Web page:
5 Keys to Healthy Digestion by Lisa Johnson, RD

Healthy digestion is a buzz-topic these days. Honestly, many people suffer digestive ailments. Digestive help has become big business with pharmaceutical companies filling shelves with products such as laxatives, stool softeners, enzymes, probiotics, antacids, and more! Complaints vary from chronic constipation to urgent diarrhea, to bloating, gas, and reflux.

These symptoms do increase with age. Unfortunately, most things decline with age except our weight! But, seriously, digestion does slow, enzyme production diminishes, and digestive muscles weaken. In addition, stress may increase, and physical activity may decrease, as well as sleep; all these factors affecting our well-being and digestion. Another major concern is processed foods. To digest well, we need enzymes to help break down our foods. Processed foods are void of natural enzymes that aid our bodies own digestive enzymes. Then, of course we may have intolerances to certain foods or components within foods like gluten, casein, or lactose which are common in wheat and dairy sensitive people.

Clearly, correcting your digestion can be a complicated process. However, I am going to give you 5 keys that will help anyone with sluggish digestion regardless of your food sensitivities. These 5 keys also contain other life-giving benefits and so they should be foundational as part of your healthy life-style.

1. Exercise

Exercise benefits digestion by reducing stress as well as increasing peristalsis. Peristalsis is like gut motility. Your gut needs to contract its muscles to move foods through adequately. Exercise helps! Especially walking and yoga which are both relatively low impact and restorative. Excellent yoga classes are available on You Tube for free, and many morning yoga classes are just 15-20 minutes. A perfect cool-down to your walk!

2. Water

Adequate water intake is essential to healthy digestion. If constipated, most laxatives work to pull water into the bowel and soften the stool. If you drink enough water, this is not needed. Water also hydrates the skin, keeps joints fluid, regulates blood pressure and body temperature, and detoxes the kidneys. Most adults need 80-100 ounces a day of filtered or distilled water.

3. Fiber

Fiber can be beneficial for constipation or diarrhea. It can also be a bit complicated as there are so many different fiber types. Soluble fibers bulk stools and help lower cholesterol, insoluble fibers increase stool transit, and pre-biotic or resistant fibers help feed and strengthen your healthy gut bacteria. We need 25-50 grams of fiber daily. Below are some good food sources of fibers.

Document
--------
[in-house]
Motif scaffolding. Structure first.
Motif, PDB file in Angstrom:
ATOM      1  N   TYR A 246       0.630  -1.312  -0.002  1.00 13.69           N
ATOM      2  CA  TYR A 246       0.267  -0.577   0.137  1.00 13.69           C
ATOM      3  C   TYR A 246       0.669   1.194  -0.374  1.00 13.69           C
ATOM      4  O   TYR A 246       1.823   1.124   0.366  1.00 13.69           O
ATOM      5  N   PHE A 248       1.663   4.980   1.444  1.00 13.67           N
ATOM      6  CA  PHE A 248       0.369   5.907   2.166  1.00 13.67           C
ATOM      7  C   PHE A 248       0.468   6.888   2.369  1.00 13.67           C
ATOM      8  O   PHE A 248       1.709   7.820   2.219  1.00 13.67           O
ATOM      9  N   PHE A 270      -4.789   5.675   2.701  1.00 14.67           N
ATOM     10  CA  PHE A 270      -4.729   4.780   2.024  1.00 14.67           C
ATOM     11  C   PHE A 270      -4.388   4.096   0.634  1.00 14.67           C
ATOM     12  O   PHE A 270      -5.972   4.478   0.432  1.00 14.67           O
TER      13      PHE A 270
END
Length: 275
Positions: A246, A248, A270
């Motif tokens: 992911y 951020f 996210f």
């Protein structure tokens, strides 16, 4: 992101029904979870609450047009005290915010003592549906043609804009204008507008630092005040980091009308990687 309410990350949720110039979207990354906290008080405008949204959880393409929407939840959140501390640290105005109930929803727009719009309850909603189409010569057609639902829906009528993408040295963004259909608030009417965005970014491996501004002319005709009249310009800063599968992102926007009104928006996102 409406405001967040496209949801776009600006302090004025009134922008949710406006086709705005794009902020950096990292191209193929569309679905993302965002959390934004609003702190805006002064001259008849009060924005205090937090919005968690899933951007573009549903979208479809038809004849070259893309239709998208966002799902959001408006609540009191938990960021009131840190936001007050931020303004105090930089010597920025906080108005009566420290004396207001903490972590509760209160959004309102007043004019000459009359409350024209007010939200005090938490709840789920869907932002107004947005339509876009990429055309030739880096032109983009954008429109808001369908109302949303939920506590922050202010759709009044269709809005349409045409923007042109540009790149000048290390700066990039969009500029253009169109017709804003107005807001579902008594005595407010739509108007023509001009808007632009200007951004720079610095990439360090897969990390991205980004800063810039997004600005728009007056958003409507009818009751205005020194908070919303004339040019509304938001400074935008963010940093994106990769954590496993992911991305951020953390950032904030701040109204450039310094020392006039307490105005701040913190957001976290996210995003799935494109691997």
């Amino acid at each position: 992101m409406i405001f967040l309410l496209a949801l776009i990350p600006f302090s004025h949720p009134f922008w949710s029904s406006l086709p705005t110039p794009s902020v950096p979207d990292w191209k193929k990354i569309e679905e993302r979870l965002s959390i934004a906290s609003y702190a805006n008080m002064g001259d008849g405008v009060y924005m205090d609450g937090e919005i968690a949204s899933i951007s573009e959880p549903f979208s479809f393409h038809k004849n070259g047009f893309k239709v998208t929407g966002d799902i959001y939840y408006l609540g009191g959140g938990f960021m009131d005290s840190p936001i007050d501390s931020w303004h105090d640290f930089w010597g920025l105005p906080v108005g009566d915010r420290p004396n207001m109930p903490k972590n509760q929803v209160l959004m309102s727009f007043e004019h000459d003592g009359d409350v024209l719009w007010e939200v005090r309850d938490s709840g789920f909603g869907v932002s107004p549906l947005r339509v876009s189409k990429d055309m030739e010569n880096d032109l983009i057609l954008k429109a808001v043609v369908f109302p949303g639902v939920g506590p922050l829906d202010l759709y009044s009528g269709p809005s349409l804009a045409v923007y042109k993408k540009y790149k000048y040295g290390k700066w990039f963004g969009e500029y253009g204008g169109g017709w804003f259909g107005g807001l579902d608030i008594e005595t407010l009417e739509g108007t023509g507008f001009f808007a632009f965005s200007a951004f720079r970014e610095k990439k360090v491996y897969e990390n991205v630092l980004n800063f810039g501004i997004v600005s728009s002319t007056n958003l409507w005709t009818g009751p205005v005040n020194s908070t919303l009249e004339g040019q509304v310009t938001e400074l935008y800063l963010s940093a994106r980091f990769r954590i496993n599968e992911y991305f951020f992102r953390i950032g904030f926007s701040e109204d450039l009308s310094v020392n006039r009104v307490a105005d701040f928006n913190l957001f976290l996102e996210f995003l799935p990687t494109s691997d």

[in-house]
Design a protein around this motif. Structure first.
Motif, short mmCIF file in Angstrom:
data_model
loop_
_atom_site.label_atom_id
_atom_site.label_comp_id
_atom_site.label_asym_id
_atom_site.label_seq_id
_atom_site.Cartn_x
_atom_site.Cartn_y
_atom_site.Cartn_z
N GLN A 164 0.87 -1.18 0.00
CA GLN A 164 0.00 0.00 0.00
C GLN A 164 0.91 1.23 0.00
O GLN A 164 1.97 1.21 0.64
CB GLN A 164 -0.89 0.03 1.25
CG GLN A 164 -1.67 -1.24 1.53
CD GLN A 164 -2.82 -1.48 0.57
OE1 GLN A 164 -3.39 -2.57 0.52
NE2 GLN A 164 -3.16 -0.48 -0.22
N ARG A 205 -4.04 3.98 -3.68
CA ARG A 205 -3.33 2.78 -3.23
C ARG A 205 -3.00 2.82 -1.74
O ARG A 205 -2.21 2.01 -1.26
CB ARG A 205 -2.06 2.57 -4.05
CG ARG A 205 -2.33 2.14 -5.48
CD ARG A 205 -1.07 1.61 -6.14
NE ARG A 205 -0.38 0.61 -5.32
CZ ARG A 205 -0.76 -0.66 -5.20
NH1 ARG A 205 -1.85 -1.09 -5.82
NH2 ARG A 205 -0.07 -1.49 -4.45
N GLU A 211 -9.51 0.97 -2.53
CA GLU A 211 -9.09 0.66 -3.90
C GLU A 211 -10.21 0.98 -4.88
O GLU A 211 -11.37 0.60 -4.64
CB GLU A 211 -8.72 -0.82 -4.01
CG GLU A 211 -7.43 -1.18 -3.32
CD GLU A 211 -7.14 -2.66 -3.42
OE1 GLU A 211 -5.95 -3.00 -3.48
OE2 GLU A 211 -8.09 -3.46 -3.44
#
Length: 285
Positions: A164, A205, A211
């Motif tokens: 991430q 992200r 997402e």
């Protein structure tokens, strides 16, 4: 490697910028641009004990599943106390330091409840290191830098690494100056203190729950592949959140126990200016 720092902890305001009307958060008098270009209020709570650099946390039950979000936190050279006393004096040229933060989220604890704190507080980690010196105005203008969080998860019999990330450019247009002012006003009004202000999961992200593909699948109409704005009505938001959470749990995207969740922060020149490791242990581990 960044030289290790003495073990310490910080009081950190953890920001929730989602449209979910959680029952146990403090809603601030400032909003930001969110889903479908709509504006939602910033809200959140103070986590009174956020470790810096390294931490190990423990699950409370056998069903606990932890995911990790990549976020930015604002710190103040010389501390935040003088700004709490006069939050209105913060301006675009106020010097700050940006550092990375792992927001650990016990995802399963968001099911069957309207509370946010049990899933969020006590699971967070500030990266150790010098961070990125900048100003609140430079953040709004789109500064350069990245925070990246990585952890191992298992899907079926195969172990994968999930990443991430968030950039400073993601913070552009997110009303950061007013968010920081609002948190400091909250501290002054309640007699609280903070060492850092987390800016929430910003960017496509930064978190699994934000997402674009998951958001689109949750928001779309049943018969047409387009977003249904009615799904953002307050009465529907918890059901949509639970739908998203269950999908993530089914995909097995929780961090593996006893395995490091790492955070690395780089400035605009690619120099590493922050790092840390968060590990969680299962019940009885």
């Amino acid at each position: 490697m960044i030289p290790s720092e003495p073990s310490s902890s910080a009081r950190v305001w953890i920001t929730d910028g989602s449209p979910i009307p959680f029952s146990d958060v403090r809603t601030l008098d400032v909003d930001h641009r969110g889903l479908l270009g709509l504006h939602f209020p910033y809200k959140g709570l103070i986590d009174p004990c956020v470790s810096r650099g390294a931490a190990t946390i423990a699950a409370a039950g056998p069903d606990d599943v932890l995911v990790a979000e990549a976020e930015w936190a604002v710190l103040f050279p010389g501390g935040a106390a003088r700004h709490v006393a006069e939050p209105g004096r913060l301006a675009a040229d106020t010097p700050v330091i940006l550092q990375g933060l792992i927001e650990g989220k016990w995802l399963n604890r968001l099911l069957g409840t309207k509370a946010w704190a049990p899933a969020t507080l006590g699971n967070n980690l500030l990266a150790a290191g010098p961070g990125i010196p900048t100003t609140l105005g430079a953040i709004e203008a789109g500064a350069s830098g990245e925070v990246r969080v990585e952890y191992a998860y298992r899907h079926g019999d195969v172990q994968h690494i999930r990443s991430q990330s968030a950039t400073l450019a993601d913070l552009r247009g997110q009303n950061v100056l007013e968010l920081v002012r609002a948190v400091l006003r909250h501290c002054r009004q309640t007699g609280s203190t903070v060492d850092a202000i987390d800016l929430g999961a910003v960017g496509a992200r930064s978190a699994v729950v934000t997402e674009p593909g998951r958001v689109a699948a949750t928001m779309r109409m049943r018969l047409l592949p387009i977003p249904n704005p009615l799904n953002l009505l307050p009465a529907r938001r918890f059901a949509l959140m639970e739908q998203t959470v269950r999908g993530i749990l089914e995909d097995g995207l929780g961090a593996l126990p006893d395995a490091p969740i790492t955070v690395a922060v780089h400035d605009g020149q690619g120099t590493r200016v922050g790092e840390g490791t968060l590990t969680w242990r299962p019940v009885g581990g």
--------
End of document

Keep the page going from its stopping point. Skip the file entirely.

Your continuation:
Soluble fiber: Oats, barley, lentils, apples, citrus fruits, prunes, beans, chia, flax

Insoluble fiber: Wheat or oat bran, whole grains, vegetables, popcorn

Prebiotic Fibers: Chicory, canned pumpkin, garlic, onions, asparagus, apples, oats, flax, konjac root

Resistant Starches: Cooked and cooled starches like cold potato in potato salad, overnight oats with flax or chia, unripe banana, cold rice

4. Living Foods

I mentioned earlier we need fibers, enzymes and water. These are all found in living foods! Eat your fresh fruits and vegetables, fermented foods like kefir or kimchi, and sprouted grains which remain moldable and perishable. These are living foods, rich in enzymes, probiotics and fibers. As such, they also offer maximum nutrition and nutrient absorption benefits!

5. Rest and Destress

We all realize stress is hazardous to our health, but most of us are not sure how to minimize it. Small changes add up! First, you need sleep, so begin shaving 15 minutes off your bedtime until you get to bed early enough to ensure 7 quality hours of sleep. Minimize computer use at night, social media and the like. Read and drink herbal tea to unwind rather than watching media

which is much more stimulating. Also, learn to breathe. Exercise helps with that, and don’t be afraid to ask for help. You truly cannot do it all and do it well!

I hope you found some tips here helpful. Be sure to discuss ways to implement these changes with your dietitian or health care provider. Remember, small steps add up to big change if you keep taking them.

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